(I’m republishing my favorite posts from the second half of 2023. You can see them all here)



Last week, I shared the guidance I gave to my IB Theory of Knowledge students for using ChatGPT (see HERE’S THE GUIDANCE I GAVE TO STUDENTS ABOUT USING CHATGPT – HELP ME MAKE IT BETTER).

It’s generally been well-received by both my students and other teachers alike.

Students are continuing work on their “practice essay” for IB (next year’s official prompts don’t come out until late August).  I specifically recruit students who are not taking any other IB classes (including a fair number of intermediate ELLs), so some are finding it particularly challenging because of language issues and just lack of experience with these kinds of prompts.

So, I’ve just shared this new piece of guidance:

In addition to my giving approval to your using ChatGPT to correct your grammar and to asking it for suggestions on how to make your points more clear, I am adding a third approved way to use ChatGPT:

You may use it to help develop your outline, but only if you use it in the exact way I describe here.

Type this into ChatGPT:

Create an outline for an essay answering this question: (then, type your prompt here).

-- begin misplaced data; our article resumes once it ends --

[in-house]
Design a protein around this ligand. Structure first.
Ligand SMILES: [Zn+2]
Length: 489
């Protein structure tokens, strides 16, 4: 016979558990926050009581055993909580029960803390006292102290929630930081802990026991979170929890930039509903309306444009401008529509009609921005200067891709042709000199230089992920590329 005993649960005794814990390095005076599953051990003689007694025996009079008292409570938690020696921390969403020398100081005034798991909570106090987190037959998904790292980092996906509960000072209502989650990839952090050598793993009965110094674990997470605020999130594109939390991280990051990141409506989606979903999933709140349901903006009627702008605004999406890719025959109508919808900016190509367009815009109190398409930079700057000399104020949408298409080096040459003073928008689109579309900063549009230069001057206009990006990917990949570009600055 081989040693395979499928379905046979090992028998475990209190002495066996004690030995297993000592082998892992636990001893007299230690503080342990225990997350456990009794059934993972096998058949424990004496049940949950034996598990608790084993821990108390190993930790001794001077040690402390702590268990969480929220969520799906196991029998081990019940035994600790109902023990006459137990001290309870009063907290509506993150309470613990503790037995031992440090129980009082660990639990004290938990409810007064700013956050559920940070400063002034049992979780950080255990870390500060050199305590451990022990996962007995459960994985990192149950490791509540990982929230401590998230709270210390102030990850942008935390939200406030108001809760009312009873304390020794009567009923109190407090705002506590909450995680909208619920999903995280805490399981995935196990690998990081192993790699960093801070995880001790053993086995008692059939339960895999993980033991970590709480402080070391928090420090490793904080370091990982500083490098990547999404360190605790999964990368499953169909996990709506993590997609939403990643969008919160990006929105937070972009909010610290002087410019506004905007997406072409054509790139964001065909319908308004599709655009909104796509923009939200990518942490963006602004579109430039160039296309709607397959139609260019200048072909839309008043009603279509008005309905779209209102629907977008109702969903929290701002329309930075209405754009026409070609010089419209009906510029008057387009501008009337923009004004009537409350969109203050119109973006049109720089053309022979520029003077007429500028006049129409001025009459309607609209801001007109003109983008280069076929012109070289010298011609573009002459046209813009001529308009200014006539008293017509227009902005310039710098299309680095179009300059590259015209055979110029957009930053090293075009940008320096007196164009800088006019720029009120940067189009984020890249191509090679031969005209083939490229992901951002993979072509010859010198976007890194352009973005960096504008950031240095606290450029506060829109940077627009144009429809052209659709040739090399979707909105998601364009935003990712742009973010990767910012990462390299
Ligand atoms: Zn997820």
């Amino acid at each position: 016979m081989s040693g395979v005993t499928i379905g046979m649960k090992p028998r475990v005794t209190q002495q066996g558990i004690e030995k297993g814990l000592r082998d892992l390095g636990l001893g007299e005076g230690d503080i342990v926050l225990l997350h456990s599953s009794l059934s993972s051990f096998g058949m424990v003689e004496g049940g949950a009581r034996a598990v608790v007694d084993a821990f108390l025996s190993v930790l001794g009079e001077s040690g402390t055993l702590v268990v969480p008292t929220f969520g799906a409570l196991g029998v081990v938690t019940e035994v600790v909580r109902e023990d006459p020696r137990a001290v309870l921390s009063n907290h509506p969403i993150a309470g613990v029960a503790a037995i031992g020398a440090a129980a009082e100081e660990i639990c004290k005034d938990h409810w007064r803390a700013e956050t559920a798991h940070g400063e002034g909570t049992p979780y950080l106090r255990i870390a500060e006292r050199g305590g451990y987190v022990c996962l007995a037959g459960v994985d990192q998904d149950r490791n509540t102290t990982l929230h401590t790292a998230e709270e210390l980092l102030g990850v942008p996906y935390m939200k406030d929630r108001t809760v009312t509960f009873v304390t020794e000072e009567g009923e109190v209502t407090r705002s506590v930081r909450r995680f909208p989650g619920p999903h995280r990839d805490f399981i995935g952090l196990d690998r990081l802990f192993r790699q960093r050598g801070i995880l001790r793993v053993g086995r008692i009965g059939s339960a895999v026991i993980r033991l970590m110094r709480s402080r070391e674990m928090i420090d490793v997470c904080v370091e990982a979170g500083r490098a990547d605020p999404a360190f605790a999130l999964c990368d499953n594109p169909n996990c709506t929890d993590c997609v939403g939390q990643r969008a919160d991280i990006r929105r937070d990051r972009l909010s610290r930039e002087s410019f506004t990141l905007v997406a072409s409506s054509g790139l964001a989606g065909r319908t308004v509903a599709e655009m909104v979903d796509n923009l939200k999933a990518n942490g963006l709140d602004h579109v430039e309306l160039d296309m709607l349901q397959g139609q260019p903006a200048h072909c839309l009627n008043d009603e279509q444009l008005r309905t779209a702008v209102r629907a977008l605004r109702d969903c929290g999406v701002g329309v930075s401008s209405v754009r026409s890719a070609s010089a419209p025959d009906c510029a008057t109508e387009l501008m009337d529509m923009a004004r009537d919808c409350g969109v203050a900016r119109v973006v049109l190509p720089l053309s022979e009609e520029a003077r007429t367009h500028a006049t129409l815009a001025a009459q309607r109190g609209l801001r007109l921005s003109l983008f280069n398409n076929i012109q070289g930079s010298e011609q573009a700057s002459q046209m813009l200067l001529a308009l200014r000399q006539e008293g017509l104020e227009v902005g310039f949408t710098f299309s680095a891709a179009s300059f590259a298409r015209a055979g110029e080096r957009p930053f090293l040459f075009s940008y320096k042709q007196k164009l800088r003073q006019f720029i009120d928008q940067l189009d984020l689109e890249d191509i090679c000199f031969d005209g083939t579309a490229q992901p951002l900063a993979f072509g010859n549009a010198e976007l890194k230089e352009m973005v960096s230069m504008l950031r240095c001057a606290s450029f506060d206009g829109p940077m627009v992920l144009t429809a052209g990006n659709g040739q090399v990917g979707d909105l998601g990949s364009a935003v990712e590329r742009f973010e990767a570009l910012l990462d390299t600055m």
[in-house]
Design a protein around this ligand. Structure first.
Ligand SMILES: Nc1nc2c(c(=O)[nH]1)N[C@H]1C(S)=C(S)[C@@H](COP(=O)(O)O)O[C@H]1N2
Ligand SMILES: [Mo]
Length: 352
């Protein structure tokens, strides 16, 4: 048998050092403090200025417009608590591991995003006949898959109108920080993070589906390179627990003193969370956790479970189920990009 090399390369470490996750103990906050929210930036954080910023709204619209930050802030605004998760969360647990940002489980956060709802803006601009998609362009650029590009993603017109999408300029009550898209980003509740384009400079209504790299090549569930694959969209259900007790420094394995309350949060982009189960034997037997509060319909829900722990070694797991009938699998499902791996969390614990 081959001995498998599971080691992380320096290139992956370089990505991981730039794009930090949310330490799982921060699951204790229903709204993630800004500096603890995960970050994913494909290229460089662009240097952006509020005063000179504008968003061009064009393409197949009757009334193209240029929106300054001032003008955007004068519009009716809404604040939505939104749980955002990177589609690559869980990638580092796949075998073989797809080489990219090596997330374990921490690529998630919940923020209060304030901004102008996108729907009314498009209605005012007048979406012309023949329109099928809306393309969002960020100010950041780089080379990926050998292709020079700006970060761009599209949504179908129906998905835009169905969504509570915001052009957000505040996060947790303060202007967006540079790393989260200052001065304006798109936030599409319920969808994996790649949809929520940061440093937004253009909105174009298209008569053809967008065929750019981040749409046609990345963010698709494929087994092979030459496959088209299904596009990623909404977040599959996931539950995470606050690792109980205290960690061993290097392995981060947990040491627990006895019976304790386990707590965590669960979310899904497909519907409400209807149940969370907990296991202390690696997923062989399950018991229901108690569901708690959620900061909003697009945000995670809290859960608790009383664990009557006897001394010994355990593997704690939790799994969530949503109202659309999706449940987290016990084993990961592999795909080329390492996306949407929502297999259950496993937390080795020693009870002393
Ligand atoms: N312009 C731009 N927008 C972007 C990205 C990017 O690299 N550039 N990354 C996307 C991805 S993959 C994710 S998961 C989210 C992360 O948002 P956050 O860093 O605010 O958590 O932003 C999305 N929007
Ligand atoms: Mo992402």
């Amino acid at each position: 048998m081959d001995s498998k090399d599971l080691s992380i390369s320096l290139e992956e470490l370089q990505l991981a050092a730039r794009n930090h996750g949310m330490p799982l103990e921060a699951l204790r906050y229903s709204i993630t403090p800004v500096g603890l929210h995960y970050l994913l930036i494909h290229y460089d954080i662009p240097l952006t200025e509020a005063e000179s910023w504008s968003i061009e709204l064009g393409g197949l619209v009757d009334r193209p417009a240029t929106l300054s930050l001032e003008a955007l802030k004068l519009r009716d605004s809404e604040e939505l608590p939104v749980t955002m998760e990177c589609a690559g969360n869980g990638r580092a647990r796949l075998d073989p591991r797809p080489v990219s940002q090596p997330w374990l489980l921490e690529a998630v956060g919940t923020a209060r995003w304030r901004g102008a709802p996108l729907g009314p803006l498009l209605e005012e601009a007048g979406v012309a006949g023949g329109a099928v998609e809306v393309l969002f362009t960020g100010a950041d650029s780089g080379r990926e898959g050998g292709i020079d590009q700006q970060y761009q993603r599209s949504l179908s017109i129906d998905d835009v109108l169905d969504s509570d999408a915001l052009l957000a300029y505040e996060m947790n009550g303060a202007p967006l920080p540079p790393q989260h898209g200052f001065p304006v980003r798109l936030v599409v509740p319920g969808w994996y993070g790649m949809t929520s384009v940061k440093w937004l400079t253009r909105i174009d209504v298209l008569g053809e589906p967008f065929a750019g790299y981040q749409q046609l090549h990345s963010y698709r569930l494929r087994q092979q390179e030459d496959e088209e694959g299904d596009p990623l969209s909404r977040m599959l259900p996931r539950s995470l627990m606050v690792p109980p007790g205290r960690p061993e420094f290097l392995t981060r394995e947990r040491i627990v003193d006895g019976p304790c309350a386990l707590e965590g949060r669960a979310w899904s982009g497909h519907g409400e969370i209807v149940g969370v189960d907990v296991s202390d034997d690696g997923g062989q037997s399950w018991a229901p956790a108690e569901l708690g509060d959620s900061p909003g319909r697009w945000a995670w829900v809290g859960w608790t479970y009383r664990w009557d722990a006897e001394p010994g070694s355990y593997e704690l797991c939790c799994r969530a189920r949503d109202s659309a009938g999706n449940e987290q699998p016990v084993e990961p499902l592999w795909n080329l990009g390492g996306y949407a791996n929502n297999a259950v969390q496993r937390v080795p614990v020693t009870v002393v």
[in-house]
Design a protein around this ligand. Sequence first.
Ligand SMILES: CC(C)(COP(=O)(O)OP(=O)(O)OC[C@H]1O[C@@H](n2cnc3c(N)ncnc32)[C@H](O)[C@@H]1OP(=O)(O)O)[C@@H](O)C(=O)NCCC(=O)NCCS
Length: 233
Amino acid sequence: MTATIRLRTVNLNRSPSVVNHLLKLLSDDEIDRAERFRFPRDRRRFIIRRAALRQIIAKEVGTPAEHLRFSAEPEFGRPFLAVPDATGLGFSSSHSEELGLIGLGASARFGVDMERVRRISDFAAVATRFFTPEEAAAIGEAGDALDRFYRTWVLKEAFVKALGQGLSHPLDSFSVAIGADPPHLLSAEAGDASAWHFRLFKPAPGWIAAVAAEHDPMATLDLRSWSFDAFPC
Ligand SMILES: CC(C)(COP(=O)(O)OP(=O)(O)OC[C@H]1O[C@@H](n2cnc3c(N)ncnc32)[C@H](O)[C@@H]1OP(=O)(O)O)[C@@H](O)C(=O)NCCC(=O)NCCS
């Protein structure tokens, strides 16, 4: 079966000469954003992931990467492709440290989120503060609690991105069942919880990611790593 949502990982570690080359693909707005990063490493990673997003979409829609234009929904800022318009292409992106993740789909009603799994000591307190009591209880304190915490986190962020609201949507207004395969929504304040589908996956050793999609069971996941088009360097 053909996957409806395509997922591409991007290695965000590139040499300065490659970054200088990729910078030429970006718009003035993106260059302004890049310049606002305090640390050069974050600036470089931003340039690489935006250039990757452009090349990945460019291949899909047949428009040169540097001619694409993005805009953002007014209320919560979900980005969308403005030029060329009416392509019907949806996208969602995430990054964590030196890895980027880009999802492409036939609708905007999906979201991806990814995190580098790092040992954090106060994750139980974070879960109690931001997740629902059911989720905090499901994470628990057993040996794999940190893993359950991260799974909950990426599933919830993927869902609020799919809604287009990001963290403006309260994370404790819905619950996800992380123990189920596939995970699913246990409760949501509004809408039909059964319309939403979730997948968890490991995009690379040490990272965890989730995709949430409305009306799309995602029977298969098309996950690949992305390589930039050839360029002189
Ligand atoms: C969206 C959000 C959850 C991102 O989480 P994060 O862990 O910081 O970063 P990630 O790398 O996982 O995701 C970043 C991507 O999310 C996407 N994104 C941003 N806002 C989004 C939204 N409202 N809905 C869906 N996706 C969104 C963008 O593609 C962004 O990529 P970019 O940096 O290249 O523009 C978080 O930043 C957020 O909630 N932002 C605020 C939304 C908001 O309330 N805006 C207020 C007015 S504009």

ChatGPT will then generate an outline.  It will not be exactly in any of the three outlines that I have provided for your choice.  It may, however,  give you some good ideas.

Then, copy and paste the entire ChatGPT outline into the bottom of your outline document.

Next, copy and paste any of the sentences from that outline that you are going to use in the appropriate section of our outline form. Put it in a different color. 

Then, next to it, and this is a requirement, put the ChatGPT sentence in your own words and put your words in bold.


We’ll see how it goes.

What do you think?


ADDENDUM: I’ve been having students use old IB prompts when they’ve been writing practice essays.  Next year, in light of Artificial Intelligence, I will be writing my own prompts (in IB style).  In them, I will be asking students to primarily discuss activities we’ve done in class and their personal experiences to support their claims.